I love good food. I love good food so much that I put good food on good food.
The array dazzles me dizzy.
How does one sauce up a plate when sugar, gluten, and soy are off the table. Well, here is what’s shaken on my kitchen shelf.
1) Salt: Not just salt. Infused salt. Plain white salt is for prison cafeteria, I am overwhelmed by the amount intriguing and delicious salt variations I come across. I will only touch on one. It is a celtic sea salt imbued with dried mushroom.
When I use it tiny crystal pyramids dissolve slowly on the tongue, flooding my brain with slow release umami mania. Any food I put it on trespasses deep into personally unknown realms of flavor country.
Salt, push its limits. Shake it liberally.
2) Hot Sauce: I worry about the additives packaged food, so I use hot sauce.
Options galore, with ingredients lists that satisfy even the most scrupulous clean eater. Burn Baby Burn (Disco Inferno!) Brand is currently bring the Hell to my plate.
Proceeds go to support the Black Panther Party’s philanthropic efforts. Groovy
3) Sprouted Stuff: What makes a salad great, crunchy bits. No wonder old stale chunks of bread (croutons) accompany greens in the poshest of restaurants.
Nuts to your croutons! Nuts instead of croutons for that matter. A jar some sort of nut or seed is usually on my table. Being a nutrition nerd, I often go the extra mile and sprout and dehydrate them as well. This is great fun and rather easy.
Still, we are busy folks. For care free Cruching just put a jar pumpkin seeds/almonds/cashews on the table
4) Mustard: Wonderful for the same reason as hot sauce. The ingredients are friendly (quite healthy in fact) and the varieties seem to be endless.
5) Pepper: Flavor bomb. No explanation necessary.
Five fun finishers for you healthful palate. Heap em’ on with out a care.
Bridges to Breakfast:
“The Dude does not abide kids missing breakfast because they can’t make it to school in time.” – Politico
I had not idea Jeff Bridges was such a gritty champion of hunger issues in the USA. His latest venture is a push to have breakfast served at the beginning of class for students who can not make it to school before the bell. Schools seem reluctant because they fear for the class time it will take… But
A report from Deloitte has found that if 70 percent of elementary had access to breakfast in the classroom, it could mean that 3.2 million more students would score higher on their standardized math tests and up to 4.8 million fewer school absences per year.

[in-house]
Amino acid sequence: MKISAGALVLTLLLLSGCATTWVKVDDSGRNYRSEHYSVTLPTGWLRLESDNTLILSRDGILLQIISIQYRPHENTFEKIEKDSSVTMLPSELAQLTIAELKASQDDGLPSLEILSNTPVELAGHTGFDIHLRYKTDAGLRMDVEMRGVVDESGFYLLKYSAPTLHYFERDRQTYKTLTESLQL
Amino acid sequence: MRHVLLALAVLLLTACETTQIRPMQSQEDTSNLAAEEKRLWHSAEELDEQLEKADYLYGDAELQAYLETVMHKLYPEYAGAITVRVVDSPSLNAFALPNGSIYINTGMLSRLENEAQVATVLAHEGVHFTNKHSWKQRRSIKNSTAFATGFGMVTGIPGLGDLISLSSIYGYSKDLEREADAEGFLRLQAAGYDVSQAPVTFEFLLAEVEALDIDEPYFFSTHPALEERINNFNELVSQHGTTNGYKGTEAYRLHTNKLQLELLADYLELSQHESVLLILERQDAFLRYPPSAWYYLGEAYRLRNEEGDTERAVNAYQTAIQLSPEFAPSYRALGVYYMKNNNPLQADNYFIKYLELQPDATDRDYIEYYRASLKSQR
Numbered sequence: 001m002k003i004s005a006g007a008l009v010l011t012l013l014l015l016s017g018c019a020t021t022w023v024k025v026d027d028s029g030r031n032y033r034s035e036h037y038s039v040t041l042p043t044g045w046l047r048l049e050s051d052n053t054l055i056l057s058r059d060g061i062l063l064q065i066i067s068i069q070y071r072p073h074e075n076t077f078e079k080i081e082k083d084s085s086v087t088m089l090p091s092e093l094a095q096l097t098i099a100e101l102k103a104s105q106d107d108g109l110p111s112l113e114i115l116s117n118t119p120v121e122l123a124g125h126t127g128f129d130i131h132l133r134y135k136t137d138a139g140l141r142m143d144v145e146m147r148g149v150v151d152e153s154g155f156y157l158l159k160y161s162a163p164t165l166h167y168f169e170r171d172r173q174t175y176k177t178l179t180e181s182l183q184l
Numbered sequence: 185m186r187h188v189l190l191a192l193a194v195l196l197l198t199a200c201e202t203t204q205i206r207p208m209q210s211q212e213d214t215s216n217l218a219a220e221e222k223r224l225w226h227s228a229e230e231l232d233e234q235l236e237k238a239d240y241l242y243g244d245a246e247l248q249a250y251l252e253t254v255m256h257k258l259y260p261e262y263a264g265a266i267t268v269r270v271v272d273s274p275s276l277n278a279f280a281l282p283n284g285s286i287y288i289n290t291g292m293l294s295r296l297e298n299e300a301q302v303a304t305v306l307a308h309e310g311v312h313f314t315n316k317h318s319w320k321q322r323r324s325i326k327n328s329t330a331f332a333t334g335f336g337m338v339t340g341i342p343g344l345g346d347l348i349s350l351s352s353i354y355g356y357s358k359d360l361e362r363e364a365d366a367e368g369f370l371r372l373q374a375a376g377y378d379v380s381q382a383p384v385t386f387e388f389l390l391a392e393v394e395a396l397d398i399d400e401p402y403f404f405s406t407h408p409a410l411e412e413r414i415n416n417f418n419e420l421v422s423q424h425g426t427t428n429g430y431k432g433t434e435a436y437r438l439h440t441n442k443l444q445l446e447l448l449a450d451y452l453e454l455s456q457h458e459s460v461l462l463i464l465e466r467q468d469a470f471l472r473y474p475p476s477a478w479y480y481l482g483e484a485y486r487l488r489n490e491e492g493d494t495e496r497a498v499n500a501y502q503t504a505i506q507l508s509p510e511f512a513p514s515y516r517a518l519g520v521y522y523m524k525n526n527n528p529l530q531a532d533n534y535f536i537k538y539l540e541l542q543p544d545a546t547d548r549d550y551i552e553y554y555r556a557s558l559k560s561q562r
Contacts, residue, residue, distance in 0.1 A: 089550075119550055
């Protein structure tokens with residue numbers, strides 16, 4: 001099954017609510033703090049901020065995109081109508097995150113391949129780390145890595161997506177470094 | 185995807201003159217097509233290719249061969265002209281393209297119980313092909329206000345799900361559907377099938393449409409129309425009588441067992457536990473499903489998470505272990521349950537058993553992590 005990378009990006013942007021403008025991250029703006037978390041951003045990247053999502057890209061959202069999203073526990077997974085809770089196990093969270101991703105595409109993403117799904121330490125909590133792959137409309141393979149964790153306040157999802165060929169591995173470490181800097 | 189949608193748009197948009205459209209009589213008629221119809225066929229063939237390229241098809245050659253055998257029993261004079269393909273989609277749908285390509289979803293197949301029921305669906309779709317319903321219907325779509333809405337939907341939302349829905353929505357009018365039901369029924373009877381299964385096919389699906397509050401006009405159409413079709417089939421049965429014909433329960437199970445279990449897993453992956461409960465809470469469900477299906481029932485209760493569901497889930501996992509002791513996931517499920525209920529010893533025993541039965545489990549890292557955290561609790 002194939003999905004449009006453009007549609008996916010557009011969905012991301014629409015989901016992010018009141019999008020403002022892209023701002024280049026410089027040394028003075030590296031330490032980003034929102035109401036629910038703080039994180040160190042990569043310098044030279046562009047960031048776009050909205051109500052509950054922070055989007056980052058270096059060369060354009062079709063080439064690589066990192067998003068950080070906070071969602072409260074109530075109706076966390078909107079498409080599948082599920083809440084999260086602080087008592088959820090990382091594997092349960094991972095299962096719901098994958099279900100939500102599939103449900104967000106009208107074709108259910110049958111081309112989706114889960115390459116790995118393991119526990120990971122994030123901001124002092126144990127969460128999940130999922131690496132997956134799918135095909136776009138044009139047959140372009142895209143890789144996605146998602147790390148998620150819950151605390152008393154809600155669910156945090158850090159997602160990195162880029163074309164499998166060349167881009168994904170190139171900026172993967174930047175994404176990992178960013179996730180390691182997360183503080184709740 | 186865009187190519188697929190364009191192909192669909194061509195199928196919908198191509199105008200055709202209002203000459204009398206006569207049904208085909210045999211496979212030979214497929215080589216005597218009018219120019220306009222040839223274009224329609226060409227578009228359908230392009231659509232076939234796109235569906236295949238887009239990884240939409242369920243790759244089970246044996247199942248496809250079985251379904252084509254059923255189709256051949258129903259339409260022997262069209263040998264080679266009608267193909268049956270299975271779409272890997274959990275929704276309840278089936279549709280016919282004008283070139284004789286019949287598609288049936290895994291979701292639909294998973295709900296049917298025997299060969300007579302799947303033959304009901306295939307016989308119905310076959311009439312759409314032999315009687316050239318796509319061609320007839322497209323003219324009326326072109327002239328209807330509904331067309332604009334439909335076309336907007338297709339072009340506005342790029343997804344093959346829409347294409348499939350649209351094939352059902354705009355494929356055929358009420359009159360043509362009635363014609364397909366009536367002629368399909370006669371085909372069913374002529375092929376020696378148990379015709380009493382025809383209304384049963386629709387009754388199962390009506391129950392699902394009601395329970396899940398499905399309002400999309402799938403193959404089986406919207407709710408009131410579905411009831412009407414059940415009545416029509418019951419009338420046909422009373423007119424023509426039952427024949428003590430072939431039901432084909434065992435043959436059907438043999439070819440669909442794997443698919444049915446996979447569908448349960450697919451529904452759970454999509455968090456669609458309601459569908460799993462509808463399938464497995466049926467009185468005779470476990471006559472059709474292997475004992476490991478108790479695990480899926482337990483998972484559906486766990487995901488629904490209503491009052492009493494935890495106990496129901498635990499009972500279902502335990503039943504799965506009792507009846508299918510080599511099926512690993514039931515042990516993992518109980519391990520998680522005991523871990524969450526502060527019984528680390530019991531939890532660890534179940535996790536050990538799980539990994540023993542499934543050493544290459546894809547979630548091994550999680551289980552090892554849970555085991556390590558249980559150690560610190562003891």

That should make up for the eggie interruption. I just hope Kellogg’s and Post Cereal don’t hope onboard.
Greenland and Icey Floating Farms:
“We had what seemed to us a massive resource on one hand, and a massive lack — no local produce — on the other,” Meriem Chabani
Iceland new farming method is a projected beauty. Full of icebergs and happy families apparently. I hope it comes true.
This Weeks Ferment: Creole Kraut
- 3 heads green cabbage
- 2 big golden beats
- 20 tiny Thai chilles
- Paprika, black pepper, cumin, cinnamon, cayenne
- 3 TB pink salt
I am thinking about 10 days ferment time should do it.
When it comes to spice the Thai do not play nice. Each meal I ate was the spiciest meal I has ever eaten. For examples, my last day in Thailand I ate the spiciest meal I have ever eaten.
Pat Krapao Moo Sap (spicy pork and basil salad.) prepared by this women.
By bite three face was beet red, bite five my lips went numb, ten bites in and my nose was running like a Niagara Falls on a rainy day.
I cried. I am not afraid to admit it.
Thailand, your climate is hot. Why the desire to eat pure (though often delicious) fire?
Simple answer, spoilage.
As an animal attempting to eat ancestrally, I consume a good deal of other animals. I make a respectful effort to ensure that is kept fresh and chilly, not wasted. In the tropics heat and humidity make this endeavour more challenging.
Hence the spice.
Chillie, curries, peppers, they all boast impressive antimicrobial properties that protect eaters from rapidly fermenting flesh.
Thus, the more my mouth melts the less food born baddies with burn up my belly. Good news to me as my travellers diet is comprised of 90% street cart food.
Central America, Central Africa, India, and of course Thailand, they all have long histories of hot dishes.
the arguement could be made that modern refrigeration has undone a lot of the need for such spicy measures.
But I’m sitting at my new favorite BBQ stand, watching a chef cut papaya and crack crabs in to a mixing bowl. O, I be grateful for chillie powder.
Helpful Thai phrases:
Lek lek pec kap khon kap = just a little spicy thank you
and for the daring,
Mak mak pec kap khon kap = spice it up